It was fun to shoot a film on my Yashica Electro 35 GTN film camera and this post is all about how to use the overexpose technique and develop it at box speed. I was doing quite a lot of homework, watching videos and tutorials about how to ‘pull’ film overexposed. This experiment of overexposing the Kodak Portra 400 is for creative purposes and what are the results of the film stock? I decided to shoot at 200 ISO and developed it at box speed.

Initially, there might be confusion regarding the terms “pulling” and “pushing” in the context of +/- development at the film lab. To clarify, when I use the term ‘pull,’ I am referring to increasing the exposure. For example, if I shoot Kodak Portra 400 at 200 ISO on the film camera, specifying a “pull,” it means I am intentionally overexposing by one stop for exposure compensation.

Using the film overexposed technique

This is my first time overexposing film stock and guess what? The results surprised me! It looks much better than my first roll of the Portra 400 film shoot and I was quite happy with the color tones of the overexposed Portra 400. I quite enjoy how this film looks on film.

I was shooting some film photography portraits, street fashion in Bukit Bintang, and street photography in Georgetown, Penang recently with my Yashica Electro 35 GTN loaded with the Kodak Portra 400. I try my best to preserve the film by storing it in the fridge and avoiding leaving it in hot places or for a long time inside my camera.

As usual, the film is developed by Darkroom8 Malaysia, one of the best film labs in Malaysia. My favorite shot is the concrete jetty shot taken at Batu Ferringhi beach in Penang with composition and leading line.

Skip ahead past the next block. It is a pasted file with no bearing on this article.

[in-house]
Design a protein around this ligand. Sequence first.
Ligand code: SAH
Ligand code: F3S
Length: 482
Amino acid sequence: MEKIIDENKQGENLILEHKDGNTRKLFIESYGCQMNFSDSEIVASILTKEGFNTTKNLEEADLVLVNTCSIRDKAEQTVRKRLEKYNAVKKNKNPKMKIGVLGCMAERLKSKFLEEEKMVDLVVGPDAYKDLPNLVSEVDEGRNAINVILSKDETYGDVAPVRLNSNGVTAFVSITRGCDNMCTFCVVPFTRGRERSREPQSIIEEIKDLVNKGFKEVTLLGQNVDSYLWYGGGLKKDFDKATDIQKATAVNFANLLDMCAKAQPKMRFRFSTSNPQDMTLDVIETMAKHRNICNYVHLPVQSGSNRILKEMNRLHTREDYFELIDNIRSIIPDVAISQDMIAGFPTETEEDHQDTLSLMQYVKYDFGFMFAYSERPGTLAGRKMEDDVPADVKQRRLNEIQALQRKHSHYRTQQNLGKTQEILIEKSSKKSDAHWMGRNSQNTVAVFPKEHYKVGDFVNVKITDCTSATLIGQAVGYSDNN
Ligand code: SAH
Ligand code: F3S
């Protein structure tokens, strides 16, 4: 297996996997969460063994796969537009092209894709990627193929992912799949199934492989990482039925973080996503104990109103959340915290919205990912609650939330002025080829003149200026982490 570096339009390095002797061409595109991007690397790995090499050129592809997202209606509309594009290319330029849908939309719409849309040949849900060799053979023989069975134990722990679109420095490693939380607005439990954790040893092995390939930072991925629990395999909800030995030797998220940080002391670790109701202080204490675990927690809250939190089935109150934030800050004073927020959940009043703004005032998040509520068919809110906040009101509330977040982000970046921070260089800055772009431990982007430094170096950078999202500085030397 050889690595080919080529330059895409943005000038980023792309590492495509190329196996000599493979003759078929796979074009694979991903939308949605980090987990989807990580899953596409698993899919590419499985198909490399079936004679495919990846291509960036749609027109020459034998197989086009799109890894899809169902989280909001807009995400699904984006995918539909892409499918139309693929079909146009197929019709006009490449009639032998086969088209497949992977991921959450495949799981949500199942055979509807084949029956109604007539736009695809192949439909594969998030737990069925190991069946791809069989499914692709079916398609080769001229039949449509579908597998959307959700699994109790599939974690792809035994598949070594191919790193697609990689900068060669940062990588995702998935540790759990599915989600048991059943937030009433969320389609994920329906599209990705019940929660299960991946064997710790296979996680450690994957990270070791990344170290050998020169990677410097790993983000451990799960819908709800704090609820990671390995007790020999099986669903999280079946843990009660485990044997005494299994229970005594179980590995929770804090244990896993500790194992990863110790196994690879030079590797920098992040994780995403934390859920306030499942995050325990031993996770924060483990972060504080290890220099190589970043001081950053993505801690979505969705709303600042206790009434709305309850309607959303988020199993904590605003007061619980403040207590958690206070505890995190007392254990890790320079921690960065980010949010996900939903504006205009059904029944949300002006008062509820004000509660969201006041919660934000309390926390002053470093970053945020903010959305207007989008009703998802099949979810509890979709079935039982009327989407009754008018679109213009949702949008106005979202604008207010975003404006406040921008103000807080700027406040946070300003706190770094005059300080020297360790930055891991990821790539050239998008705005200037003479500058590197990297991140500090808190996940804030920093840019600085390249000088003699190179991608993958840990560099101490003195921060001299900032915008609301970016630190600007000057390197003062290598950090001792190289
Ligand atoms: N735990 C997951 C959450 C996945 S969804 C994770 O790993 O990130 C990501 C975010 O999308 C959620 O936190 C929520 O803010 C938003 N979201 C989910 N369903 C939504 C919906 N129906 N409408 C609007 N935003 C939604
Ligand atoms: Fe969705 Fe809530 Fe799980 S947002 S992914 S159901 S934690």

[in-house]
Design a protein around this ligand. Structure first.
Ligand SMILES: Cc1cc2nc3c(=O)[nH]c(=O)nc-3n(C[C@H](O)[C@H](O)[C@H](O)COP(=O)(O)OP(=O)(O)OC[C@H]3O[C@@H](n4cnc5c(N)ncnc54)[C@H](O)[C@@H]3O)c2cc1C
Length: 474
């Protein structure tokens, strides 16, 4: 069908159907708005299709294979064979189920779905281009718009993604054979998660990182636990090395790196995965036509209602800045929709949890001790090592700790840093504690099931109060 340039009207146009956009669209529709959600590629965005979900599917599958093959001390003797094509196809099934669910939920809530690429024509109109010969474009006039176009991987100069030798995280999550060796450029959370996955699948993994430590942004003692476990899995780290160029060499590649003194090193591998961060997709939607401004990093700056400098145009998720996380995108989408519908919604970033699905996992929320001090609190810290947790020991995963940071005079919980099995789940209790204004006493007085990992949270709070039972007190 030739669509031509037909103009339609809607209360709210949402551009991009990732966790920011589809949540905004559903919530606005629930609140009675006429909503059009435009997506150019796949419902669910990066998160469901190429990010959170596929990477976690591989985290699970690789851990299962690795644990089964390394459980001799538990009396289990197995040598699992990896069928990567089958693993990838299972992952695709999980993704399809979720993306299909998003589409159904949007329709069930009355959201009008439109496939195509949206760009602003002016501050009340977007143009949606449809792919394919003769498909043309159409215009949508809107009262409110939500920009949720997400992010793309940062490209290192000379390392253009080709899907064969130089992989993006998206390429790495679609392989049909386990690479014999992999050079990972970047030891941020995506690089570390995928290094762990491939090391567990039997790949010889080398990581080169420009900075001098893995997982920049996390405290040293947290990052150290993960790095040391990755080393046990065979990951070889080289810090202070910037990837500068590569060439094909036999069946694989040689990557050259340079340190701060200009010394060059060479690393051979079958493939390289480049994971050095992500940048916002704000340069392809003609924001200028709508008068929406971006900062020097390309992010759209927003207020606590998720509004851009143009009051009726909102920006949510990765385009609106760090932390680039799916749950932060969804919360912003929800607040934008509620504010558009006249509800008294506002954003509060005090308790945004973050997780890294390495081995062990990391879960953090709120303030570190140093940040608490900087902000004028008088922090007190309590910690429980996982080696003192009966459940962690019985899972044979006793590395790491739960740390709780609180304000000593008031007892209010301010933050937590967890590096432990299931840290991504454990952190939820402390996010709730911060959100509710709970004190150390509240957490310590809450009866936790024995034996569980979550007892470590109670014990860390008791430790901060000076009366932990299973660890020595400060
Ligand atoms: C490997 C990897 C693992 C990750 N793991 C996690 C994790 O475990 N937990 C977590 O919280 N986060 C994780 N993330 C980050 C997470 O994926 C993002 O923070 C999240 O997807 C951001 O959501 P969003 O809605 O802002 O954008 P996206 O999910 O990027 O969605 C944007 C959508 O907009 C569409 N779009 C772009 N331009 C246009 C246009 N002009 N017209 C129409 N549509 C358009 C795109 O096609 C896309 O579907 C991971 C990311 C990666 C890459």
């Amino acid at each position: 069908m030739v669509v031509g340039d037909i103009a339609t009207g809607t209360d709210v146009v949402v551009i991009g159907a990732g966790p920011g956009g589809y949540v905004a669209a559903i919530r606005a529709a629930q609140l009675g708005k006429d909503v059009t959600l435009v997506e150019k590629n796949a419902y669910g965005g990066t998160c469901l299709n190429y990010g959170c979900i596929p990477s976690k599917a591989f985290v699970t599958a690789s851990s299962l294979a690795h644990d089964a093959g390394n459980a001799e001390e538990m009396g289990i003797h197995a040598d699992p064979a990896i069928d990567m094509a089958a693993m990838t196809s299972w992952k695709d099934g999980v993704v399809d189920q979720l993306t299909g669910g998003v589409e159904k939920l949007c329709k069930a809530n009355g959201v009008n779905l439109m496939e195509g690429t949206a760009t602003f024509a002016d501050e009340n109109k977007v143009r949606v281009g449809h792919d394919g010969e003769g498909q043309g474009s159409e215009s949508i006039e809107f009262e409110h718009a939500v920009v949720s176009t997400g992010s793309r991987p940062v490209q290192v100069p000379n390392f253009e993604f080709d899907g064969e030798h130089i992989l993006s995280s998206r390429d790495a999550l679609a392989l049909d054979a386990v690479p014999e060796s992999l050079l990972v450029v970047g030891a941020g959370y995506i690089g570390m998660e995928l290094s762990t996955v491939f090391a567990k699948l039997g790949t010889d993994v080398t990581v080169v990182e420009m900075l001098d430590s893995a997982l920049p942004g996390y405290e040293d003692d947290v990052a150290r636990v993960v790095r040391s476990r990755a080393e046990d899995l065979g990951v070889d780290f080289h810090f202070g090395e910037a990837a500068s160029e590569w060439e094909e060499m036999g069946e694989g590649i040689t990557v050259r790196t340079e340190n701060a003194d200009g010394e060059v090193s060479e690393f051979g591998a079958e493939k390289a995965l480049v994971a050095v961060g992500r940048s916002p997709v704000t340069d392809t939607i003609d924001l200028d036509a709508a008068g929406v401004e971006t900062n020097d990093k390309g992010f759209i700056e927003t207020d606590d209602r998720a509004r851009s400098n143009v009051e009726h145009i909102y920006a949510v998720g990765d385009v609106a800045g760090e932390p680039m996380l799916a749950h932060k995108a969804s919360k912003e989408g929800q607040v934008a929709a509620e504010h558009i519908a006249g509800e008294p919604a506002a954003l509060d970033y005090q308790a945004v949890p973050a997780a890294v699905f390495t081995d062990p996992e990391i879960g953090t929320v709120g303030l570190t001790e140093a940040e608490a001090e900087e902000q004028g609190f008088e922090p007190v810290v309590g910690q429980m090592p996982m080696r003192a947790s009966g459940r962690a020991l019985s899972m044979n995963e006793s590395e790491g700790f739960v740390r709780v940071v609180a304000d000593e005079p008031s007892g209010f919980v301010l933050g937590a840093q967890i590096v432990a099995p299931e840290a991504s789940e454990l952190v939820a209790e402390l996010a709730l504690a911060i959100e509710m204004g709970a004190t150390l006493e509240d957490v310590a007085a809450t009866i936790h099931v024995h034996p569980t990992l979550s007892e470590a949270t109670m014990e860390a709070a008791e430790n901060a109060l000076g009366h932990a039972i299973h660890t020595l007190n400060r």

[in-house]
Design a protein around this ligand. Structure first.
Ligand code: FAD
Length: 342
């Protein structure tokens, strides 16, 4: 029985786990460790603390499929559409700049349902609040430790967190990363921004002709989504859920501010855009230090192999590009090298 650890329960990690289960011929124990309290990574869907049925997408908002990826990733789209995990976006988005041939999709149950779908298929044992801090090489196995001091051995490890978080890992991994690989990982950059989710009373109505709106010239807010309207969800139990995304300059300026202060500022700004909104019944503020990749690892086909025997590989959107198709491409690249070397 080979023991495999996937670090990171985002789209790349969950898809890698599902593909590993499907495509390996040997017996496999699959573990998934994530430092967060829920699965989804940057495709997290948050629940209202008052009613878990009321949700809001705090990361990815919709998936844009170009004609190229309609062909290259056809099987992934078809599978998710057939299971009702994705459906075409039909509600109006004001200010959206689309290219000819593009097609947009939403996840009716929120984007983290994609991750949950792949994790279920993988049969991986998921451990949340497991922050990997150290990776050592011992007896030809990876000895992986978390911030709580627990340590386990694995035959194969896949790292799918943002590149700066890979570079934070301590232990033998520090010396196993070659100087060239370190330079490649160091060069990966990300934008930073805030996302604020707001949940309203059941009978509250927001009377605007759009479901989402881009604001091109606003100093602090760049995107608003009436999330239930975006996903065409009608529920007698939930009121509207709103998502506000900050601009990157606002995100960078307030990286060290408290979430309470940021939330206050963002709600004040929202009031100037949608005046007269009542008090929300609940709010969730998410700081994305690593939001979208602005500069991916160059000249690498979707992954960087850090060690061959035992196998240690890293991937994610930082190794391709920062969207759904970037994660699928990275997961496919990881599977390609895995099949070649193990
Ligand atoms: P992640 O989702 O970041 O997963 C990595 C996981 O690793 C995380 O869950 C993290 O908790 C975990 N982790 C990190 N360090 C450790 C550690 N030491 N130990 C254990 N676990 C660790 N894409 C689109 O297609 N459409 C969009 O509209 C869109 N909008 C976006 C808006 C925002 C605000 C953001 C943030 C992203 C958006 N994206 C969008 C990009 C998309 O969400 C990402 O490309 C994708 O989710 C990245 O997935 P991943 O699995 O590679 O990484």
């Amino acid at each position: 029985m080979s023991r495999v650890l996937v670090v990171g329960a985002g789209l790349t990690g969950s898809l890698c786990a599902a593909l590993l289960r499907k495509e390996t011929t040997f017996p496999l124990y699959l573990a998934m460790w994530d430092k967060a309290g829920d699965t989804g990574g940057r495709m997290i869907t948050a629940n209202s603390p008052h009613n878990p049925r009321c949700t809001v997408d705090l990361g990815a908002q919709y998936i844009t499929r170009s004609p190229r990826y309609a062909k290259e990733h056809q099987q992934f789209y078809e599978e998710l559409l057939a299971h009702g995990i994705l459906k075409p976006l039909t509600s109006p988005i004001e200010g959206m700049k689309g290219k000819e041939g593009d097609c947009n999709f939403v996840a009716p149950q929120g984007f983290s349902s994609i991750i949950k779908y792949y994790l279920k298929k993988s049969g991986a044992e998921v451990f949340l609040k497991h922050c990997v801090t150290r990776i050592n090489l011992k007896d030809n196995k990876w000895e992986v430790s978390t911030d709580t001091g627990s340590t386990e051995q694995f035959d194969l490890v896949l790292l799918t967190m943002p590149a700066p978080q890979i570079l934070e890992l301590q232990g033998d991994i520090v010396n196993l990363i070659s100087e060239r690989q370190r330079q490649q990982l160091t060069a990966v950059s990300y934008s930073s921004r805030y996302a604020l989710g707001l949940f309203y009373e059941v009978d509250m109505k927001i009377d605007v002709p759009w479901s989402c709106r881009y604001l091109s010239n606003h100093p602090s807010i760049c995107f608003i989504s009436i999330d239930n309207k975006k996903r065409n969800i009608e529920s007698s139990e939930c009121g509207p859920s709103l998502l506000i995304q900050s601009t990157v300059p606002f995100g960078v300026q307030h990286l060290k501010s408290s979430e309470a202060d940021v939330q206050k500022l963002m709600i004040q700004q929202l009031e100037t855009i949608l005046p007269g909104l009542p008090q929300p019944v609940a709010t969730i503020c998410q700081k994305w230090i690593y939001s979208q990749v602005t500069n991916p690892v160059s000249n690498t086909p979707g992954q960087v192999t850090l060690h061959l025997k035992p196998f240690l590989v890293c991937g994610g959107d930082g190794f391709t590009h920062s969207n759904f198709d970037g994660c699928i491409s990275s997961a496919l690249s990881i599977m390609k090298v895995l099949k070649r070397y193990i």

This was my second time shooting on the Kodak Portra 400 film stock. I like how the framing and blue-teal color tone of the sky blend well with the concrete jetty. As the shutter speed is set automatically, I have to depend on the camera light meter.

I didn’t expect my film shoot series in Penang to turn out so well, although there are few shots with the lens cap on. Please read about my holiday in Georgetown Penang and view more street photos.

How to Pull Film Overexpose Technique
Yashica Electro 35 GTN Kodak Portra 400 Film
Kodak Portra 400 Pulled Film

My street portrait using the same film roll in Bintang Walk also turned out amazing! I’ve combined it with the Moment CineBloom diffusion lens filter; you can learn more about diffusion lens filters in my latest guide.

The recent street fashion photoshoot in Bukit Bintang KL with the lovely girl is one of my favorite portrait shoots. I was shooting at F2.8 giving a little more exposure as the lighting at the location was quite shady.

Kodak Portra 400 Fashion Street Portraits Malaysia
Kodak Portra 400 Film Portraits Malaysia

How To Push/Pull Film & Develop By 1 Stop

There are times when a photographer is shooting film and they might desire an image that is overexposed. This blog will give you some tips on how to achieve this look, as well as what the differences are between over-exposing a black-and-white negative or slide, as opposed to color. We usually pull & push film for creative purposes, and push film if we need more exposure in low light.

Pulling film
Pulling the film means overexposing the film. On the camera, set the ISO to -1 stop of the film box speed. E.g film box speed 400 ISO, camera ISO set to 200 & developed -1 stop

Pushing film
Pushing film is known as underexposing the film. On the camera, set ISO to +1 stop of the film box speed. E.g film box speed 400 ISO, camera ISO set to 800 & developed +1 stop

There are many reasons why a photograph might be intentionally overexposed, such as to add brightness to your composition or to aid in high contrast levels. In this case, the goal is to make your image brighter than it is. This is also known as an overexposed photo. Do check out more about how the images look when pushing the Ilford Hp5 film stock one-stop results in more contrast and getting more light in low light conditions. For more info, check out more details on about pulling & pushing film.

Shoot & Develop As Usual (Exposure Compensation)
Regarding the photos above, I adjusted the camera ISO to 200, resulting in a deliberate one-stop overexposure. I then developed the film stock using the standard process for exposure compensation. If you prefer to maintain the color tone and film grain, you can always shoot the film at its box speed, as I did for the moody creative portraits shoot.

I hope this simple and easy technique will help the beginner who wants to try to overexpose film stock for more exposure. Happy shooting film!